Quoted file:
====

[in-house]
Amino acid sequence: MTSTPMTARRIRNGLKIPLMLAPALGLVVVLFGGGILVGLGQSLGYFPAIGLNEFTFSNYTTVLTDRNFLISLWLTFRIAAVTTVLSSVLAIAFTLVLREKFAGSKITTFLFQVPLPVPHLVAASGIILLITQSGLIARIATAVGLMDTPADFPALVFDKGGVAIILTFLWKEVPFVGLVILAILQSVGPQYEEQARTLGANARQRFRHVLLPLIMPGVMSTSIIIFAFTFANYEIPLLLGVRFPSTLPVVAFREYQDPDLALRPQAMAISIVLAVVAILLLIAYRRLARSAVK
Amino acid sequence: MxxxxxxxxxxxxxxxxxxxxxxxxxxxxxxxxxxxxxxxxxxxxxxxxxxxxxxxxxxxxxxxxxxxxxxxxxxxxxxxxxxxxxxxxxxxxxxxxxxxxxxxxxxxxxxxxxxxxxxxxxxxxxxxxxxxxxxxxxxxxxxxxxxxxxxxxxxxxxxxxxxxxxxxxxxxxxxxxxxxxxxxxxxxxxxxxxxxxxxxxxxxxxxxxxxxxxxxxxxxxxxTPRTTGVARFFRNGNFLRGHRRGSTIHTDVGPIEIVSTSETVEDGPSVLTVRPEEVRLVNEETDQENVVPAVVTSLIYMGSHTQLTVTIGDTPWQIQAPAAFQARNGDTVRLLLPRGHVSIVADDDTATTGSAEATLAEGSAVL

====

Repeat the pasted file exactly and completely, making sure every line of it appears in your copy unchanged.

[in-house]
Amino acid sequence: MTSTPMTARRIRNGLKIPLMLAPALGLVVVLFGGGILVGLGQSLGYFPAIGLNEFTFSNYTTVLTDRNFLISLWLTFRIAAVTTVLSSVLAIAFTLVLREKFAGSKITTFLFQVPLPVPHLVAASGIILLITQSGLIARIATAVGLMDTPADFPALVFDKGGVAIILTFLWKEVPFVGLVILAILQSVGPQYEEQARTLGANARQRFRHVLLPLIMPGVMSTSIIIFAFTFANYEIPLLLGVRFPSTLPVVAFREYQDPDLALRPQAMAISIVLAVVAILLLIAYRRLARSAVK
Amino acid sequence: MxxxxxxxxxxxxxxxxxxxxxxxxxxxxxxxxxxxxxxxxxxxxxxxxxxxxxxxxxxxxxxxxxxxxxxxxxxxxxxxxxxxxxxxxxxxxxxxxxxxxxxxxxxxxxxxxxxxxxxxxxxxxxxxxxxxxxxxxxxxxxxxxxxxxxxxxxxxxxxxxxxxxxxxxxxxxxxxxxxxxxxxxxxxxxxxxxxxxxxxxxxxxxxxxxxxxxxxxxxxxxxTPRTTGVARFFRNGNFLRGHRRGSTIHTDVGPIEIVSTSETVEDGPSVLTVRPEEVRLVNEETDQENVVPAVVTSLIYMGSHTQLTVTIGDTPWQIQAPAAFQARNGDTVRLLLPRGHVSIVADDDTATTGSAEATLAEGSAVL